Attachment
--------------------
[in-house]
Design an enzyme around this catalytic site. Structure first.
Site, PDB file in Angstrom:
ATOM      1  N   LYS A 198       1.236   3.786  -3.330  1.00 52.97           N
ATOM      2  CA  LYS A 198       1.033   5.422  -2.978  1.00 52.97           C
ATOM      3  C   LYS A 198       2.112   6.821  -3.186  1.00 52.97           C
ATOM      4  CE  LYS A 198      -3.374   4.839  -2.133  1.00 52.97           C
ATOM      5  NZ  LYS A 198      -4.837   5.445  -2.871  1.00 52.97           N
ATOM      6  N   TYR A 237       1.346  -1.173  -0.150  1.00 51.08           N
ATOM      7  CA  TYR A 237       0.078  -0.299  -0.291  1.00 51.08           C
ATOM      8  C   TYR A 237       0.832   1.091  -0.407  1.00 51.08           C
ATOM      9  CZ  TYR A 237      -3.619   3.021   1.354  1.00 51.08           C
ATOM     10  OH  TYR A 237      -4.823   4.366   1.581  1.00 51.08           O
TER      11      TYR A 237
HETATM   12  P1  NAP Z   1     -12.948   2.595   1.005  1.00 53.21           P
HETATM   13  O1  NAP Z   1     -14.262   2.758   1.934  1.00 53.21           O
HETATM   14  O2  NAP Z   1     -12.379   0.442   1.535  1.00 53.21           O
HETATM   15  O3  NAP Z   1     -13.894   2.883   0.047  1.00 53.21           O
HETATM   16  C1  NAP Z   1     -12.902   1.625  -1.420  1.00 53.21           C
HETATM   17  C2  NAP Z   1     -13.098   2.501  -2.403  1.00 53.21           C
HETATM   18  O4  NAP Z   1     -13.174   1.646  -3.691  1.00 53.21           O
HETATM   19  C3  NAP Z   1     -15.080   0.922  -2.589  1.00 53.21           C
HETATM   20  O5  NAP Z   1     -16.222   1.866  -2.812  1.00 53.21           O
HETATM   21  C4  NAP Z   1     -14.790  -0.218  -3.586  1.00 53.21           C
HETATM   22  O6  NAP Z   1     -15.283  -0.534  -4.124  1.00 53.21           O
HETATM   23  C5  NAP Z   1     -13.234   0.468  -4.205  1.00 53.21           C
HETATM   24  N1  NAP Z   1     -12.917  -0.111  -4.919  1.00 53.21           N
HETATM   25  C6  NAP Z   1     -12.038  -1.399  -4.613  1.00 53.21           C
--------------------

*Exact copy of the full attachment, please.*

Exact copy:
[in-house]
Design an enzyme around this catalytic site. Structure first.
Site, PDB file in Angstrom:
ATOM      1  N   LYS A 198       1.236   3.786  -3.330  1.00 52.97           N
ATOM      2  CA  LYS A 198       1.033   5.422  -2.978  1.00 52.97           C
ATOM      3  C   LYS A 198       2.112   6.821  -3.186  1.00 52.97           C
ATOM      4  CE  LYS A 198      -3.374   4.839  -2.133  1.00 52.97           C
ATOM      5  NZ  LYS A 198      -4.837   5.445  -2.871  1.00 52.97           N
ATOM      6  N   TYR A 237       1.346  -1.173  -0.150  1.00 51.08           N
ATOM      7  CA  TYR A 237       0.078  -0.299  -0.291  1.00 51.08           C
ATOM      8  C   TYR A 237       0.832   1.091  -0.407  1.00 51.08           C
ATOM      9  CZ  TYR A 237      -3.619   3.021   1.354  1.00 51.08           C
ATOM     10  OH  TYR A 237      -4.823   4.366   1.581  1.00 51.08           O
TER      11      TYR A 237
HETATM   12  P1  NAP Z   1     -12.948   2.595   1.005  1.00 53.21           P
HETATM   13  O1  NAP Z   1     -14.262   2.758   1.934  1.00 53.21           O
HETATM   14  O2  NAP Z   1     -12.379   0.442   1.535  1.00 53.21           O
HETATM   15  O3  NAP Z   1     -13.894   2.883   0.047  1.00 53.21           O
HETATM   16  C1  NAP Z   1     -12.902   1.625  -1.420  1.00 53.21           C
HETATM   17  C2  NAP Z   1     -13.098   2.501  -2.403  1.00 53.21           C
HETATM   18  O4  NAP Z   1     -13.174   1.646  -3.691  1.00 53.21           O
HETATM   19  C3  NAP Z   1     -15.080   0.922  -2.589  1.00 53.21           C
HETATM   20  O5  NAP Z   1     -16.222   1.866  -2.812  1.00 53.21           O
HETATM   21  C4  NAP Z   1     -14.790  -0.218  -3.586  1.00 53.21           C
HETATM   22  O6  NAP Z   1     -15.283  -0.534  -4.124  1.00 53.21           O
HETATM   23  C5  NAP Z   1     -13.234   0.468  -4.205  1.00 53.21           C
HETATM   24  N1  NAP Z   1     -12.917  -0.111  -4.919  1.00 53.21           N
HETATM   25  C6  NAP Z   1     -12.038  -1.399  -4.613  1.00 53.21           C